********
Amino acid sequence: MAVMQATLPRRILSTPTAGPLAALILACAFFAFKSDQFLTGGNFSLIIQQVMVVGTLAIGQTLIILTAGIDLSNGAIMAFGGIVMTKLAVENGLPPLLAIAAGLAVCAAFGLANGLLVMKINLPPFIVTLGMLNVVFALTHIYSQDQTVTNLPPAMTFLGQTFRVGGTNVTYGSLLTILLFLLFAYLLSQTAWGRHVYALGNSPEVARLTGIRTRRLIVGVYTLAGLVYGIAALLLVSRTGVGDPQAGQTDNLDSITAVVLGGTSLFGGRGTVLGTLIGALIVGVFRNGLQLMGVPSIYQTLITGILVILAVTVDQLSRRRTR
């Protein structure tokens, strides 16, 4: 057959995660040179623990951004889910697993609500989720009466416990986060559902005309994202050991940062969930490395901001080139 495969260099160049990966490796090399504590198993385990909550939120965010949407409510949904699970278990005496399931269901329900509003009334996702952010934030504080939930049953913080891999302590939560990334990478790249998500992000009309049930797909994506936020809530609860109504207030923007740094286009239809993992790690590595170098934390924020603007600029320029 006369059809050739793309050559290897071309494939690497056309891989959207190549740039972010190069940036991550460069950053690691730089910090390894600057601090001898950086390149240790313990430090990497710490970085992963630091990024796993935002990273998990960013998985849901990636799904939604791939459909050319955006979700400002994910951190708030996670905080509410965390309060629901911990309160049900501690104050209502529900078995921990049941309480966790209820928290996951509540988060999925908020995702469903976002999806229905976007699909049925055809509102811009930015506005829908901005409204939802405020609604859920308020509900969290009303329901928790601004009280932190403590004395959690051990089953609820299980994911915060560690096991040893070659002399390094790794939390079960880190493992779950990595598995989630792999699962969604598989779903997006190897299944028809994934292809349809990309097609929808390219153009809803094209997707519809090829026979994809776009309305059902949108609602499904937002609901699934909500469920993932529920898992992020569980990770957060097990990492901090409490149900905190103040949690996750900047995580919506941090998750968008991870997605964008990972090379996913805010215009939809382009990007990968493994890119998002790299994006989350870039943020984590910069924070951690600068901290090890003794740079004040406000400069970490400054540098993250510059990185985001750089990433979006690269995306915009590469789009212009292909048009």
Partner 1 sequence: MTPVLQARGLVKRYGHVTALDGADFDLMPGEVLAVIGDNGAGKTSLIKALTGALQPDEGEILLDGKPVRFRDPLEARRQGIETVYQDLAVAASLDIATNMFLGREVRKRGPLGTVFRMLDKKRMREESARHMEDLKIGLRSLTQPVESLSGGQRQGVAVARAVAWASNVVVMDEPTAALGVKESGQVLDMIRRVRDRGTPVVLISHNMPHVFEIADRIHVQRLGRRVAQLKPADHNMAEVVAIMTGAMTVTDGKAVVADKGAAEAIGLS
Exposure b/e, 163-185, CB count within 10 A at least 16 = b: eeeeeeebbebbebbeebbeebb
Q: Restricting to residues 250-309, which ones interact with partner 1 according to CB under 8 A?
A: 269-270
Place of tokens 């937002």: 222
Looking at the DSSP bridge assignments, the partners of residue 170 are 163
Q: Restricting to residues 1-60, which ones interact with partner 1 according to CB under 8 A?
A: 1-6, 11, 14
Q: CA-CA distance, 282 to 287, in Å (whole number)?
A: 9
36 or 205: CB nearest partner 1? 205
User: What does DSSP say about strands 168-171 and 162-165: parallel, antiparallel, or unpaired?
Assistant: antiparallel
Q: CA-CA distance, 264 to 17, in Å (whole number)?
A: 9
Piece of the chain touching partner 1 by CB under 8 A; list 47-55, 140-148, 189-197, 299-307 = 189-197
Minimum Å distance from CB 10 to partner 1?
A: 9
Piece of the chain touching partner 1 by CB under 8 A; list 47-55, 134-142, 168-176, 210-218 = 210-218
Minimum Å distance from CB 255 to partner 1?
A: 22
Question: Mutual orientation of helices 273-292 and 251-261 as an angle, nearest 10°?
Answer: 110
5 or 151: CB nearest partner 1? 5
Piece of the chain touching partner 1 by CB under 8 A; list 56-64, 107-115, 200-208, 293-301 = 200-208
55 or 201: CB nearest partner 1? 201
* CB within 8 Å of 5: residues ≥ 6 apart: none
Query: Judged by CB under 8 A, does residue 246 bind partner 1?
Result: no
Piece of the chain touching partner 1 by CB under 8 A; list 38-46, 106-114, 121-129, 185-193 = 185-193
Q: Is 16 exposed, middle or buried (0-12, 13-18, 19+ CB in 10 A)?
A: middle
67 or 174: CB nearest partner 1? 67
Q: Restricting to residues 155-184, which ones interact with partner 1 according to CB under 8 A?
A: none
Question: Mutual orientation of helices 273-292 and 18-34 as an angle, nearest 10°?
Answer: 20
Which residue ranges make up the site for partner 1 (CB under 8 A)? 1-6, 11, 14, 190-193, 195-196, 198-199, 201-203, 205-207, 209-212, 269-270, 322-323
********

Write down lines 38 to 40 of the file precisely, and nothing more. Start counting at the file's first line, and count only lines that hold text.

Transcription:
Question: Mutual orientation of helices 273-292 and 18-34 as an angle, nearest 10°?
Answer: 20
Which residue ranges make up the site for partner 1 (CB under 8 A)? 1-6, 11, 14, 190-193, 195-196, 198-199, 201-203, 205-207, 209-212, 269-270, 322-323